A website called Discover Leveson provides rich background and insight into all that emerged during the Leveson Inquiry into standards in the press, following the phone hacking scandal. It includes the full report, but also lots of fascinating detail. Find it here:
An injunction to stop the Daily Telegraph exposing alleged sexual and racial abuse by a businessman was “a devastating blow” to press freedom, the paper said in six pages of coverage.
The Court of Appeal granted an injunction to stop the paper naming the “leading businessman”, because the story probably arose from a breach of non-disclosure agreements – in which employees are paid money to stay silent.
The Telegraph said the ruling was “contrary to the age-old principle against prior restraint of the press”, which traditionally said the media should not be prevented from publishing stories that people wished to suppress – on the basis that they could be sued if the story was unjustified.
The editor said he was confident the junction would be overturned.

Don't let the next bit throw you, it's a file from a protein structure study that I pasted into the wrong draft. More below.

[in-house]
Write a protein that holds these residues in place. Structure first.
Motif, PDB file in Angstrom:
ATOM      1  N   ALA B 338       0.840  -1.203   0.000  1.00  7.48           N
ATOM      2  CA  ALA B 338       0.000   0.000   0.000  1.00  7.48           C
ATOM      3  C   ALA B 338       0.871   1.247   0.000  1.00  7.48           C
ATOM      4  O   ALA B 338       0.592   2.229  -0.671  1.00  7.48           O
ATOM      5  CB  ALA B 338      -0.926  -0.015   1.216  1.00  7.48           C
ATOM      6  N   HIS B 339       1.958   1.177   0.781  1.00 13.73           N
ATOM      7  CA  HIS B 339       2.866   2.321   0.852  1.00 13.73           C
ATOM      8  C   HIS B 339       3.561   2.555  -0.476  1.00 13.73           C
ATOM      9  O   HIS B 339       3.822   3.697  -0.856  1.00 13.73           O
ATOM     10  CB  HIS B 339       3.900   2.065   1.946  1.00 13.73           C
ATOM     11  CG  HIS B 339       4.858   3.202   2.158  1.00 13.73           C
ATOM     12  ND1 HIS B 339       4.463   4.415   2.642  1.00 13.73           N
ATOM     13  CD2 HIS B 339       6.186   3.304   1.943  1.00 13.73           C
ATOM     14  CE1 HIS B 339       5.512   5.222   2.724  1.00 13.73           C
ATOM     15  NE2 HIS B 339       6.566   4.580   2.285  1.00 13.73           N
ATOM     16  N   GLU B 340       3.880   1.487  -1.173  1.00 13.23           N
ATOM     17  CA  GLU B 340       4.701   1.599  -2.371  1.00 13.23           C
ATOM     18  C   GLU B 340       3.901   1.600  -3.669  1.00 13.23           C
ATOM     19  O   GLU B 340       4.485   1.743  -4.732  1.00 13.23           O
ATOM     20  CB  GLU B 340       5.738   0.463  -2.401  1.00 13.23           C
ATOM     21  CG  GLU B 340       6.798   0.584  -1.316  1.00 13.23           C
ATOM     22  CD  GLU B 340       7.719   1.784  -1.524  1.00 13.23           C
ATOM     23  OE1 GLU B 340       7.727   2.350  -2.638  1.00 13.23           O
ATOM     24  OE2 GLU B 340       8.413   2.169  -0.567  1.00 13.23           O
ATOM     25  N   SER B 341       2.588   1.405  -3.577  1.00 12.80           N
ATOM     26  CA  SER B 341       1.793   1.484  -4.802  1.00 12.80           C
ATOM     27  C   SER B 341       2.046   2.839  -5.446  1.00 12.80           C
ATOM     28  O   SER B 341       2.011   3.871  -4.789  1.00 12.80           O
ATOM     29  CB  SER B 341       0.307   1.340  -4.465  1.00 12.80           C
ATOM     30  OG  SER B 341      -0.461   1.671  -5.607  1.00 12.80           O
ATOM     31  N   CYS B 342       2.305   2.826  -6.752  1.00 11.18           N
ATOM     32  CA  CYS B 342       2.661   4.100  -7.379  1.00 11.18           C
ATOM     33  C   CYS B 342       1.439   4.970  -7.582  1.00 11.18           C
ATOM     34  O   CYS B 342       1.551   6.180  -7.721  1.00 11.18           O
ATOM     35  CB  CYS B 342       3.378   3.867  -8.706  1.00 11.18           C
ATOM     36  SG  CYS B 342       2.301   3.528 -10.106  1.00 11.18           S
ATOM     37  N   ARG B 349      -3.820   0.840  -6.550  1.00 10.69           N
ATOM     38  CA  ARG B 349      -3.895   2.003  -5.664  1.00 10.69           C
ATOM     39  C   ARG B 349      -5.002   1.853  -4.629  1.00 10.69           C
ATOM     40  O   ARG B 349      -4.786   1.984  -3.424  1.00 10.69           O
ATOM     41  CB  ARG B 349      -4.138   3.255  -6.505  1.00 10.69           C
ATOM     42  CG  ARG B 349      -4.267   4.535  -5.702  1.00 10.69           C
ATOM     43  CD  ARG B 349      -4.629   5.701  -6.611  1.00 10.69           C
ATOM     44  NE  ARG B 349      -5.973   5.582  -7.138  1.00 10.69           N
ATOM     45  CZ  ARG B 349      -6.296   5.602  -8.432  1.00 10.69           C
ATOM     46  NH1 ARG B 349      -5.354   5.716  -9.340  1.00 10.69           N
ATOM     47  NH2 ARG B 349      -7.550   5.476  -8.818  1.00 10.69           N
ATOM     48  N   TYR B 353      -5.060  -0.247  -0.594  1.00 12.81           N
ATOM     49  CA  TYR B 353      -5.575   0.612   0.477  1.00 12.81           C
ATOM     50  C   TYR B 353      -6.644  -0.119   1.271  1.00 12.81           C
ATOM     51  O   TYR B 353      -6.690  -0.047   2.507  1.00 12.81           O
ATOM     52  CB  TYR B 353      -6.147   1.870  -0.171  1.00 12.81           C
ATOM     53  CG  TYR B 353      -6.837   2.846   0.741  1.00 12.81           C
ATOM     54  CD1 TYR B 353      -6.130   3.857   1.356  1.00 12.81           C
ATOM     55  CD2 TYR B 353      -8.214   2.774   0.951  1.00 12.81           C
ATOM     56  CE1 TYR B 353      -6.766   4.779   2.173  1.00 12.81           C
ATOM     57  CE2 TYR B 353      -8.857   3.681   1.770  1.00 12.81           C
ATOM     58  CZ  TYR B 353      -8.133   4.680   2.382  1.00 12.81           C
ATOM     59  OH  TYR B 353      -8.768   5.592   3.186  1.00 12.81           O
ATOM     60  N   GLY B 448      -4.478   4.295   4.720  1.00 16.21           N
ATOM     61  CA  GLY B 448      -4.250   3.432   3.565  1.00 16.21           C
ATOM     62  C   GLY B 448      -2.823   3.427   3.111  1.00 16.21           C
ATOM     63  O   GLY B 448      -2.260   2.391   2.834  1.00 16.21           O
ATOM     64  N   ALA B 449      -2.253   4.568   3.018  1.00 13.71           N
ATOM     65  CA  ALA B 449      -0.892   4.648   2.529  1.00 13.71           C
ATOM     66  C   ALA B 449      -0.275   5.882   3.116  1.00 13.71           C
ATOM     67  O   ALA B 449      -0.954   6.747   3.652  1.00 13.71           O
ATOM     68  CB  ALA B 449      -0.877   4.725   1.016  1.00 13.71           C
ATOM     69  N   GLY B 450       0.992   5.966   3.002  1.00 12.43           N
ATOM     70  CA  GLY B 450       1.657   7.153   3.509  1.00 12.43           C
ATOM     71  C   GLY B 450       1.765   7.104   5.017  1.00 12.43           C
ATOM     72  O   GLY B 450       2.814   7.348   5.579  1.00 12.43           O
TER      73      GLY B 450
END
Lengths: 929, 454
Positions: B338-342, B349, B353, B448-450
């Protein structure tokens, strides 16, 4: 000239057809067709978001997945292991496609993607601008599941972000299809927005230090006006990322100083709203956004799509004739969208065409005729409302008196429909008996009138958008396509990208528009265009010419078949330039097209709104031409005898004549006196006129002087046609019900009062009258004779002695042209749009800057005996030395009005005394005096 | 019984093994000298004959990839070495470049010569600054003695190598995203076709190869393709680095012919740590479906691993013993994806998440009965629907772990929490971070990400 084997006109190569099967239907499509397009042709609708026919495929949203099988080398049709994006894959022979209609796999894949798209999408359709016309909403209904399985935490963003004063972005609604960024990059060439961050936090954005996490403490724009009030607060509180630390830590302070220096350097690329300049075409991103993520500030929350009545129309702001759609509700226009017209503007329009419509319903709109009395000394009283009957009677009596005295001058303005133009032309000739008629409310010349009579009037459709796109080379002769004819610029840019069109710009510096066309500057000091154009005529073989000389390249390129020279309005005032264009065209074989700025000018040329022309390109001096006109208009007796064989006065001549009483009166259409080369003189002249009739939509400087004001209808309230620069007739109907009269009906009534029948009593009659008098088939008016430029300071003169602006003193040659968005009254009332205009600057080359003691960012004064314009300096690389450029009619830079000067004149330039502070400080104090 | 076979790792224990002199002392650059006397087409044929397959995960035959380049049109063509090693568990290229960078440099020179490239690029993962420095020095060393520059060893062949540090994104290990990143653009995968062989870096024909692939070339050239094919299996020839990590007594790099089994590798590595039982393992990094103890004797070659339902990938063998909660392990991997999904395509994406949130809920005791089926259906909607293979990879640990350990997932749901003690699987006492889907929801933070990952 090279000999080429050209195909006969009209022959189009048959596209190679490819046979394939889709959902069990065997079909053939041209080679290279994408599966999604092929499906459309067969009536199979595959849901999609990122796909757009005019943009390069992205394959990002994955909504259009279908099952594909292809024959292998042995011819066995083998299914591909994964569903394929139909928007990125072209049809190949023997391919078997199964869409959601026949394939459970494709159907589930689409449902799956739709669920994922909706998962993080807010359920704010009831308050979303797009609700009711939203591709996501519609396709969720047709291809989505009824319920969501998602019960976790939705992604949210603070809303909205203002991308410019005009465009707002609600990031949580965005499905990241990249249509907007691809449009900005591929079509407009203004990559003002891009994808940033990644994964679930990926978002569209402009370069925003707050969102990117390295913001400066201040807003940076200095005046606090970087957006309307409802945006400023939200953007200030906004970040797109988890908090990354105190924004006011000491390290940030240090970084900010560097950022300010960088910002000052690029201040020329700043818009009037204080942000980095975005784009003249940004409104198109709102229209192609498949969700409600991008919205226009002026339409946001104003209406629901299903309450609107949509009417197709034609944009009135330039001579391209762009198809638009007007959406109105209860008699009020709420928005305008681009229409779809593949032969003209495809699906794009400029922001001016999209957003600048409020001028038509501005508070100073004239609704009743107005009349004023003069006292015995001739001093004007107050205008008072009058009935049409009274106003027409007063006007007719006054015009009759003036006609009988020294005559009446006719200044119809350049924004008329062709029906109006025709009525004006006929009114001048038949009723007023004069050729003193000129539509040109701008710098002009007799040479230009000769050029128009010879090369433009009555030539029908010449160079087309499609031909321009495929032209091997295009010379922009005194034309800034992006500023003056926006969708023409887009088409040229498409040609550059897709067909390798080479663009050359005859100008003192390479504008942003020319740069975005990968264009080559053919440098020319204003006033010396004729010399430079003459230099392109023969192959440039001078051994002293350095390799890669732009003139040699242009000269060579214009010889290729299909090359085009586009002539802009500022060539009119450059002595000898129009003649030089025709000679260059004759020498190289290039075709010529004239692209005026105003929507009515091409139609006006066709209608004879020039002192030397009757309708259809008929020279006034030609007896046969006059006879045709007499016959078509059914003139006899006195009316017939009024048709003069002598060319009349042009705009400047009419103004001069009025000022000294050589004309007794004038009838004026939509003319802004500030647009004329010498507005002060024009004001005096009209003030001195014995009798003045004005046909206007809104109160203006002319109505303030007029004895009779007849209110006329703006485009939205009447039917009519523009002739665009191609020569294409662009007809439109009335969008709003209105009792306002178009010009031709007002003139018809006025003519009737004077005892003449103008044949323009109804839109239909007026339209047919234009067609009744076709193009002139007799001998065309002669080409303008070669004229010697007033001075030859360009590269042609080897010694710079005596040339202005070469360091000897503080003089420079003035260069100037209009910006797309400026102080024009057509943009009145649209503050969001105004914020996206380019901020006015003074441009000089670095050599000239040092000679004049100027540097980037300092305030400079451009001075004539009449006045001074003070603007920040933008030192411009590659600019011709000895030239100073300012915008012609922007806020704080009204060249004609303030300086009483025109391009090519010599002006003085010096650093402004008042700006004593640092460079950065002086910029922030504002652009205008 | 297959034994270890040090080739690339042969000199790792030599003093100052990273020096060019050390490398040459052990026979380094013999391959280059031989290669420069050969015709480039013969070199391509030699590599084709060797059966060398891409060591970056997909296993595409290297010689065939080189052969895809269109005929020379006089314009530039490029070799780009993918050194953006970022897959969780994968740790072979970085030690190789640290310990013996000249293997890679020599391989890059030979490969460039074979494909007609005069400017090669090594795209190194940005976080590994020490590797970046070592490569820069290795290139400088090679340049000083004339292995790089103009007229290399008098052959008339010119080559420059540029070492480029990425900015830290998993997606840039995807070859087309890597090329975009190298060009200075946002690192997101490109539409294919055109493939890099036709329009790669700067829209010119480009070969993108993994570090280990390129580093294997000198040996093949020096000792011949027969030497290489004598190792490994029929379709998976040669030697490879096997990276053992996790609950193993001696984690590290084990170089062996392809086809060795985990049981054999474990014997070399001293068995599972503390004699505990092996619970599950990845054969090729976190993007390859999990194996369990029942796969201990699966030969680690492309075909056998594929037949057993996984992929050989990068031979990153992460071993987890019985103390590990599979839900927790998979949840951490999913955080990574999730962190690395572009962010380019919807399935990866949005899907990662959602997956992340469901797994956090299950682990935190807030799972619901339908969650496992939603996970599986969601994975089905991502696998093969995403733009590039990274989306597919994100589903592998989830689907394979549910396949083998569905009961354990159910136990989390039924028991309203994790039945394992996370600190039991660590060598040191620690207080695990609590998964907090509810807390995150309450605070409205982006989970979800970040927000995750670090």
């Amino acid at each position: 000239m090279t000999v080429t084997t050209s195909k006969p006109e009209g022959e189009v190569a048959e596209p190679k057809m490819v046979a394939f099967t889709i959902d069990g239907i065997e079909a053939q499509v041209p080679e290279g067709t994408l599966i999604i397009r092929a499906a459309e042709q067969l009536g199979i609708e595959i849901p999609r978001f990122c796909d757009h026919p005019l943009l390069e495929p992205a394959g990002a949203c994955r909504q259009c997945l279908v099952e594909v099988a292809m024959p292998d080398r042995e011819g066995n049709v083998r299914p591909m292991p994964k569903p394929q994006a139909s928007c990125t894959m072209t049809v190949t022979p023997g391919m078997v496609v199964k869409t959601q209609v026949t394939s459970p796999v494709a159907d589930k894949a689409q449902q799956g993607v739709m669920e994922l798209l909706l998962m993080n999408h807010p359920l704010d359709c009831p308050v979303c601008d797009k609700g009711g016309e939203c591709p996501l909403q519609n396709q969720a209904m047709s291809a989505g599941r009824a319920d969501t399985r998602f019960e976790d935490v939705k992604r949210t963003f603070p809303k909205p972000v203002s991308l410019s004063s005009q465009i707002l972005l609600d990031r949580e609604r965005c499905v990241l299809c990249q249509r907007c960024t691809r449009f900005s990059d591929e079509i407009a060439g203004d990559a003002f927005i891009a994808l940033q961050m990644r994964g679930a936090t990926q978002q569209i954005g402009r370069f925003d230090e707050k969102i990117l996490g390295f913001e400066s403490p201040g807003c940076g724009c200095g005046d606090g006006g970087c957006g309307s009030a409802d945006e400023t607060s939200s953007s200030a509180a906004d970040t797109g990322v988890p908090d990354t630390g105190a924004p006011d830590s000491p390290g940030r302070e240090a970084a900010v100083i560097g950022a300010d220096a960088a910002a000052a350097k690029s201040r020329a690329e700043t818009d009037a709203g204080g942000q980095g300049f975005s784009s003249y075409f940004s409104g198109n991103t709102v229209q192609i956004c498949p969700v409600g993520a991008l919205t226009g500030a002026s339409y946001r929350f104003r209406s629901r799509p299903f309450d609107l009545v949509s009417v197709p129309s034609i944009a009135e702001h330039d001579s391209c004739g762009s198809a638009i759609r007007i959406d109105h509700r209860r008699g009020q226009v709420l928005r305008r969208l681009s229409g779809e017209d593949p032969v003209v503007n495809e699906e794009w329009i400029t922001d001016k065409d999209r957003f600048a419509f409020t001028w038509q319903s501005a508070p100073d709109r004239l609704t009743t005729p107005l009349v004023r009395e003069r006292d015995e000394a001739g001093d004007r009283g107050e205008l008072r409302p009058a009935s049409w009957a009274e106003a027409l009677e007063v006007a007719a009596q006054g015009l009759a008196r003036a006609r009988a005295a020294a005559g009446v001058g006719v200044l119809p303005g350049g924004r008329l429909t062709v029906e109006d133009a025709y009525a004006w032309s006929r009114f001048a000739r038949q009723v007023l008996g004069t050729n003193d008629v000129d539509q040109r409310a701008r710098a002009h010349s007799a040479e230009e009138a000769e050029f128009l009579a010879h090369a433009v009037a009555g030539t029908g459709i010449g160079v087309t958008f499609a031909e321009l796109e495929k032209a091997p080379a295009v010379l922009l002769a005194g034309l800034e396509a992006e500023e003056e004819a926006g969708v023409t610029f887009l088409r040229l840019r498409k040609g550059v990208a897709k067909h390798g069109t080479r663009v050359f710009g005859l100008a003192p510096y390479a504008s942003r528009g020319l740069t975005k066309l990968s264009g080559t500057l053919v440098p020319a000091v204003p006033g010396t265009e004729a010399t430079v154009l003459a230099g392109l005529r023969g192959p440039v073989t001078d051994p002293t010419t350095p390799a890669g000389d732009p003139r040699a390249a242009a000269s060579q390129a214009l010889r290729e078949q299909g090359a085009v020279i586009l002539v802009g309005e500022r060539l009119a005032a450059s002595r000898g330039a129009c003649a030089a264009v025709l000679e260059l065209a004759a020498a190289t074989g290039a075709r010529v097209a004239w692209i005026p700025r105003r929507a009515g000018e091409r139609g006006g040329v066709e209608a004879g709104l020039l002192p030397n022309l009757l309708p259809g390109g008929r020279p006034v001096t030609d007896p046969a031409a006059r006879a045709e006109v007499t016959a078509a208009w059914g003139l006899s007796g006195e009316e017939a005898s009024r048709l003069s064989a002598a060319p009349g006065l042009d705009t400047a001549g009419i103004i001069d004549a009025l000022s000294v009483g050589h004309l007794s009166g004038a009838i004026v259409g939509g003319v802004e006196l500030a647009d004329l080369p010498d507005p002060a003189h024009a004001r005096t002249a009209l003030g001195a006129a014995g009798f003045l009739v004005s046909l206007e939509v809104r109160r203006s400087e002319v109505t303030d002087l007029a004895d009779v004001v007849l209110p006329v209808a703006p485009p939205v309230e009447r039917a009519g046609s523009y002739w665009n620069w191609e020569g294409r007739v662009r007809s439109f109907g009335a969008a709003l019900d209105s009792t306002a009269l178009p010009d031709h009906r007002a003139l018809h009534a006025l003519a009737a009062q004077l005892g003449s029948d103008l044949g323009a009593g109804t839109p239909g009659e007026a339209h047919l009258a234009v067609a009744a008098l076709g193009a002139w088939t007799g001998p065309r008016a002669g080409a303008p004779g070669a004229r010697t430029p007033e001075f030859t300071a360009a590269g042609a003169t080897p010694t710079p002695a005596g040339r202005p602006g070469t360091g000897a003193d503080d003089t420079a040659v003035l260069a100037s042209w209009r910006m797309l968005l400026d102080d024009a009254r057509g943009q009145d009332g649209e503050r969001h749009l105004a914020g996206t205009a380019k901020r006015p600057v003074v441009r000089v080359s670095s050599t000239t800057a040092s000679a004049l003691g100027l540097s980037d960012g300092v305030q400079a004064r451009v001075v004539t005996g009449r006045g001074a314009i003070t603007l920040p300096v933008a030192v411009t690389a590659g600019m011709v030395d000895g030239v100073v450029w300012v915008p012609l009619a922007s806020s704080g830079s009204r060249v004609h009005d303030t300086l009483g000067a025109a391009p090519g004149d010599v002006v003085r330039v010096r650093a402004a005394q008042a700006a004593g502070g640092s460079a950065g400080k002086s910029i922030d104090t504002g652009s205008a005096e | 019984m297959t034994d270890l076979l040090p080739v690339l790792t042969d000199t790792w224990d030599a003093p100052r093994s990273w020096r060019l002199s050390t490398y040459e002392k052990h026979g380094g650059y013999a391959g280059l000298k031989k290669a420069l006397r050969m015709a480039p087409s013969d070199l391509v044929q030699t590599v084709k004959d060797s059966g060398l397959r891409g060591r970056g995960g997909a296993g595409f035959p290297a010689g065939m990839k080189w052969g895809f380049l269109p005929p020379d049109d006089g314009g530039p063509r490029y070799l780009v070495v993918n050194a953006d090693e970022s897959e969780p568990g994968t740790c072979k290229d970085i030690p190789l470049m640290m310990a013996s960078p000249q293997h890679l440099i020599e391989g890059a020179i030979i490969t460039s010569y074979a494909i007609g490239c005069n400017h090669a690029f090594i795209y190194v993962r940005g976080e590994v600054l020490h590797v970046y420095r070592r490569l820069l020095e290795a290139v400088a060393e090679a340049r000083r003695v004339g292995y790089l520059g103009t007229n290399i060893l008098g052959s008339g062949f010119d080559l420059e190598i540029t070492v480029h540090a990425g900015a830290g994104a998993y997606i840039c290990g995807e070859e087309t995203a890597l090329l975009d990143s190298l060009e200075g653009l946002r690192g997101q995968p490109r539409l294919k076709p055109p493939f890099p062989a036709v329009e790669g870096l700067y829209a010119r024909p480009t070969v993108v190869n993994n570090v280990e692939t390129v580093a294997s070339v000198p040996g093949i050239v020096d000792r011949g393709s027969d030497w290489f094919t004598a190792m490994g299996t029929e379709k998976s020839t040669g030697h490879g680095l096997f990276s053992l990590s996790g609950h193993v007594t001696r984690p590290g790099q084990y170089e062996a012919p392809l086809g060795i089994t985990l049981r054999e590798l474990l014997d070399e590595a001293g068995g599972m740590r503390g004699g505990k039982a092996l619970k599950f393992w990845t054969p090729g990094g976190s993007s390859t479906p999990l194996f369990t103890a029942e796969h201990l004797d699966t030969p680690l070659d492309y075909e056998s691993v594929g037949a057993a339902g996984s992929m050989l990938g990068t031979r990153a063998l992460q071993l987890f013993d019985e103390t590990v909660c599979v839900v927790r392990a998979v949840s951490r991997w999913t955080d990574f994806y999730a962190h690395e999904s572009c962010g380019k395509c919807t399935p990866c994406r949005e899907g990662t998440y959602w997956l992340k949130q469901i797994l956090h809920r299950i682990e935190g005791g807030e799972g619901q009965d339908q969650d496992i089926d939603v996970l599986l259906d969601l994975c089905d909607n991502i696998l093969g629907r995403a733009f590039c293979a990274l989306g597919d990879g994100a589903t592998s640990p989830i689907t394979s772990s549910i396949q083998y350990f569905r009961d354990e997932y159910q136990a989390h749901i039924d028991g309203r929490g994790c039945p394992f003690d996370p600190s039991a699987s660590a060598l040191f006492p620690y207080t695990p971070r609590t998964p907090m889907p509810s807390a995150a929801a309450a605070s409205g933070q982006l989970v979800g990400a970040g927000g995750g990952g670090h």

Prime Minister Theresa May said in the Commons that NDAs were being used unethically. Labour MP Jess Phillips said: “It seems that our laws allow rich and powerful men to pretty much do whatever they want as long as they can pay to keep it quiet.”
Telegraph gagged by injunction
Publishing candid street photography may fall foul of the General Data Protection Regulation introduced in May 2018, a number of writers have speculated. Facial features and even the fact that someone was in a particular location are now classed as personal data, meaning consent must be sought for “processing” images: a problem for photographers whose work involves snapping unsuspecting people. The impact of the law will become clear over time. Read more
Well, that’s telling it like it is…
All websites – including personal blogs and student sites must comply with the new (in 2018) General Data Protection Regulation, says a guide published by WordPress. Nearly all collect personal data – for instance, when someone subscribes. Read the guide here.
A reported proposal to test “digital trials”, with hearings held online, would be a threat to open justice and could confuse some defendants into pleading guilty, say critics and academics. Elsewhere, concerns have been expressed about local journalists having access to the court. Read a piece in The Guardian here.
By January 2018, the number of journalists jailed in Turkey, mostly accused of spreading “terrorist propaganda”, had passed 150. Read more